Thursday, November 17, 2005

Futuristic politics

one of my favorite trilogies is the mars series by kim stanley robinson. and one recurring theme in all of the three books is politics. martian politics to be exact. imagine shipping out to the red planet a hundred (actually, a hundred and one) brains on gaia, with all their scientific, technical and political biases. and then consider the fact that mars is around 220 to 240 million kilometers from us. that would be around 7 to 8 months of space travel. mainly, because of such distance, any future human colony on mars would have this tendency to think of itself as a completely separate socio-political unit. they would be practically on their own out there, with their own little world to govern. and robinson has added utopia-building -- this desire to re-establish human civilization from scratch -- as a motivating force among the future martians.

so you get all these interesting political animals. in blue mars, the first hundred pioneers and thousands of others who came after them have just gone through a successful global revolution that freed the entire planet from earth's control. a worldwide convention was called to draft the first-ever martian constitution. in one of the memorable debates, this popular russian scientist who was part of the first hundred (and whose opinion therefore carried much weight) was arguing for an economic democracy where working people would be assured of the right to own shares in any enterprise and would have the prerogative to either manage the firm directly or hire professional managers to do the job for them. of course, other constitutional delegates questioned his scheme as "socialistic" or "communistic". but the russian guy simply brushed off these terms as mere labels and reiterated the scientific soundness of the proposal, citing historical precedents that have nothing to do with the known socialist or communist states. this won the day for him.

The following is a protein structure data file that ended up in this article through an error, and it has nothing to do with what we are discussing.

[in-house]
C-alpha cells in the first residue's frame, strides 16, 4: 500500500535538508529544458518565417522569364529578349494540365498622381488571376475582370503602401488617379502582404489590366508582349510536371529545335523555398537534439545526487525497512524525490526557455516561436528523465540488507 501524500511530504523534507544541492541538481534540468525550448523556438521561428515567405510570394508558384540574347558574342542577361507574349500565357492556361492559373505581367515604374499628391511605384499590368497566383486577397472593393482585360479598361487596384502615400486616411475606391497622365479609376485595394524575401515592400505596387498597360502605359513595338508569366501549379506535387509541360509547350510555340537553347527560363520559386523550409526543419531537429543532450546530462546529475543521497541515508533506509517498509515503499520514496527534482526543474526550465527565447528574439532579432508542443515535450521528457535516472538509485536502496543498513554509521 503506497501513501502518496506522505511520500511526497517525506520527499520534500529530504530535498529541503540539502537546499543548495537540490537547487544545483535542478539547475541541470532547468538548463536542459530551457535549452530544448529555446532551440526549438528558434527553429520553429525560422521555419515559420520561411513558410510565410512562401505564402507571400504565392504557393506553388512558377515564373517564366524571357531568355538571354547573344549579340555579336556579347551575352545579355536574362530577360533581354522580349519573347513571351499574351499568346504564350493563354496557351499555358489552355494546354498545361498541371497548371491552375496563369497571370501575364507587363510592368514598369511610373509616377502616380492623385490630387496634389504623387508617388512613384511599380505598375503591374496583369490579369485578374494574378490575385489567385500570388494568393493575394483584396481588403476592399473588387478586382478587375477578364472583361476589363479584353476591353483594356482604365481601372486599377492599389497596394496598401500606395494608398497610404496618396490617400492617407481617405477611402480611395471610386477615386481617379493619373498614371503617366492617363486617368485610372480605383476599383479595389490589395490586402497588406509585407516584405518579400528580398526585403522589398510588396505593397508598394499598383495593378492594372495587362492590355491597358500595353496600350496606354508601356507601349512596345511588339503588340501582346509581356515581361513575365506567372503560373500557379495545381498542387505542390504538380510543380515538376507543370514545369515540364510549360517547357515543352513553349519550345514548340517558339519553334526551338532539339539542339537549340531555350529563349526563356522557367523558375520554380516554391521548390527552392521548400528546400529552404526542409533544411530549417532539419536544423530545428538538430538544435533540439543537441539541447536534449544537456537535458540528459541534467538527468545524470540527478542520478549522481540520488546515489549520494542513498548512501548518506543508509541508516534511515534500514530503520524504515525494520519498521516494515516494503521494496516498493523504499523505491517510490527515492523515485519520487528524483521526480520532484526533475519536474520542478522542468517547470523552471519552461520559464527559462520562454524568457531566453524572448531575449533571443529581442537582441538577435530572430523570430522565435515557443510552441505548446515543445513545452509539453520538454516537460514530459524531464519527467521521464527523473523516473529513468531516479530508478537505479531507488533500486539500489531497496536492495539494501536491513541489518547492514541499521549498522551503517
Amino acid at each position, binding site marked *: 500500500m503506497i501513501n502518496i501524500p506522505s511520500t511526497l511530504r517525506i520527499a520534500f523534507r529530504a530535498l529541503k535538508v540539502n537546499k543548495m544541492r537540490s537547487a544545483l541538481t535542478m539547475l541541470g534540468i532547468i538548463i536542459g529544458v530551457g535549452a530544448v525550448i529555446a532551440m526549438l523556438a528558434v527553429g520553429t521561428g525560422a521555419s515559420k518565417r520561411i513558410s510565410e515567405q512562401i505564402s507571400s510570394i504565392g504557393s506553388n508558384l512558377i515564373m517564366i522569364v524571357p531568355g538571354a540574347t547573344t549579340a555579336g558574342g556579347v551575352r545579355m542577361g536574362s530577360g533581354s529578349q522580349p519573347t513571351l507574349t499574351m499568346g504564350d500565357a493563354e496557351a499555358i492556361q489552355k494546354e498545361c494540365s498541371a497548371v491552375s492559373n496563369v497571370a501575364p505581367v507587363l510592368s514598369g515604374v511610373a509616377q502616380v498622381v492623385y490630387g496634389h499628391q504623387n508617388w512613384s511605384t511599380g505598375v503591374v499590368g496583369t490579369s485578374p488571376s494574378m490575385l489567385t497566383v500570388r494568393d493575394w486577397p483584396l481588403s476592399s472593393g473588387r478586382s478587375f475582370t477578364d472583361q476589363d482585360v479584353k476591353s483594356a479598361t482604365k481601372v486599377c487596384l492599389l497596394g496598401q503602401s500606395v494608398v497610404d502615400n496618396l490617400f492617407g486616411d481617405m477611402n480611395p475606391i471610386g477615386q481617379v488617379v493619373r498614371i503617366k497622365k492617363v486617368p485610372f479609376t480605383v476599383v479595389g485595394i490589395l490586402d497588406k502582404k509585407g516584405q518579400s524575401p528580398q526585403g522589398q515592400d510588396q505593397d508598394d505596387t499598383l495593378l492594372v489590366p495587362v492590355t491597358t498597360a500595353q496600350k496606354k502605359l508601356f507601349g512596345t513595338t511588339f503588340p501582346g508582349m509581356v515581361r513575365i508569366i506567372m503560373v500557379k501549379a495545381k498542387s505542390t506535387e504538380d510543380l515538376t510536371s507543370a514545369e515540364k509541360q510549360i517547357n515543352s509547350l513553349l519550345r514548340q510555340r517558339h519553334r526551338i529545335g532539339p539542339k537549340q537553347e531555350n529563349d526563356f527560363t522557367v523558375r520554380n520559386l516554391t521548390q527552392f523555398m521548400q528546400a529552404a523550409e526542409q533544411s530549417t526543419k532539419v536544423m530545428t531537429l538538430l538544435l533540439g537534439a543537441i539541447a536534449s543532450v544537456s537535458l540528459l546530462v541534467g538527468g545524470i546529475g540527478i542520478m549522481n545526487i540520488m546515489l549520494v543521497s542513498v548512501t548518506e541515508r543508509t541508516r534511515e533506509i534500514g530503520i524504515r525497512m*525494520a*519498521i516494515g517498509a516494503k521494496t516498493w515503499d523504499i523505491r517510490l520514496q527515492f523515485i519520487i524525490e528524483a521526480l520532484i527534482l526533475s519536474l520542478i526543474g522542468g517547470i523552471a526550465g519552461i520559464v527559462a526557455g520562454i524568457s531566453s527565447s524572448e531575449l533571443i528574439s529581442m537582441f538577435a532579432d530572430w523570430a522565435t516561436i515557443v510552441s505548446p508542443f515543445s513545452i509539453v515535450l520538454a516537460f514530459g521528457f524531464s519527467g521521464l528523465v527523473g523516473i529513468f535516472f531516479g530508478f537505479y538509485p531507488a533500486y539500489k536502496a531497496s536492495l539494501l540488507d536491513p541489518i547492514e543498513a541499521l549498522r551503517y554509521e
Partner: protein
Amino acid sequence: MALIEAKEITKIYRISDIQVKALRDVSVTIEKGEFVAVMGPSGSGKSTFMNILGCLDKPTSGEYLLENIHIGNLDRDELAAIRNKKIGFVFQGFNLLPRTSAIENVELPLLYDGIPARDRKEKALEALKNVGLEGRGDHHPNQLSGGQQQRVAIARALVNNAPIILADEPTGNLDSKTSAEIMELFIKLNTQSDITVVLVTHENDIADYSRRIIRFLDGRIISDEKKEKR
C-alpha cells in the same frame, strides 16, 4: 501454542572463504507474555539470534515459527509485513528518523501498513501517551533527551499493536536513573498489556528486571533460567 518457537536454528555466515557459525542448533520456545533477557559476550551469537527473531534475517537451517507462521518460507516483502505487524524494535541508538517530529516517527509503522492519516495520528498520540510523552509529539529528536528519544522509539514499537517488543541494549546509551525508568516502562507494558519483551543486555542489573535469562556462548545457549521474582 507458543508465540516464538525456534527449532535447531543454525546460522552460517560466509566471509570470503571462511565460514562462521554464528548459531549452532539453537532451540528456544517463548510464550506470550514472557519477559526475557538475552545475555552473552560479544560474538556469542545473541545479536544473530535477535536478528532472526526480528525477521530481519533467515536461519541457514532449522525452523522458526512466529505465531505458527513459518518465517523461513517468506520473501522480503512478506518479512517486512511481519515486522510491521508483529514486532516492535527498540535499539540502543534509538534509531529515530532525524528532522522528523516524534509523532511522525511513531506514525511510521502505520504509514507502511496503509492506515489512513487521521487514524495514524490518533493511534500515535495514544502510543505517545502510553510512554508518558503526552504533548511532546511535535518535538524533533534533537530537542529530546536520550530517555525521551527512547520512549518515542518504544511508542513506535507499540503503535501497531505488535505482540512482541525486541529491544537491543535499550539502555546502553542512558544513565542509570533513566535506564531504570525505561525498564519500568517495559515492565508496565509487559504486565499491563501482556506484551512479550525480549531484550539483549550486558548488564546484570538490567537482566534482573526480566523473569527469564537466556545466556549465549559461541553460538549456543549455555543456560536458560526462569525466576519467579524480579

a bigger political fault line separates the martian greens or those who believe in transforming the red planet's natural cold, arid environment into something more suitable for human habitation (terraforming), and the martian reds or those who believe in preserving the planet's natural barren environment before human colonization. all other interesting political colors fall somewhere between these two poles. in the early novels, there were the esoteric spiritual cultists who hid themselves in colonies under the martian polar ice caps and who believed in organically growing a unique martian viewpoint. maybe a reddish green, or a greenish red political color. or even a genuine mix like brown. fans of robinson have set up this site that features a forum for relevant topics and themes tackled in the three books. one interesting discussion chain asks about the readers' political stance. the forum is called "demimonde", a term which referred to settlements in robinson's futuristic mars that existed outside the network of colonies controlled by gaians.

1 comment:

Cecile said...

Dear Randee,

I am here in a world so far from yours...so far from my own home in California as well...sad to say that I just read your blog regarding remembering the dead...I lost my dad in October 1991...and recently, I just lost my grandmama...October 2005...and...

I have been through what you experienced with losing your son...I lost two in my lifetime...two sons...they are buried in the New York cemetery...close to my family's generation graveyard...

Sometimes we take life forgranted...yet, in those little hands I held, I saw the life of my sons in its full form...maybe this is one of the reasons I never really wanted to commit so easily...I opted for a longer engagement...but, I do love Joel very much...and we both share the sadness of losing two beautiful sons...

Take care and keep writing...thanks for including me in your blog list...

Love...Cecile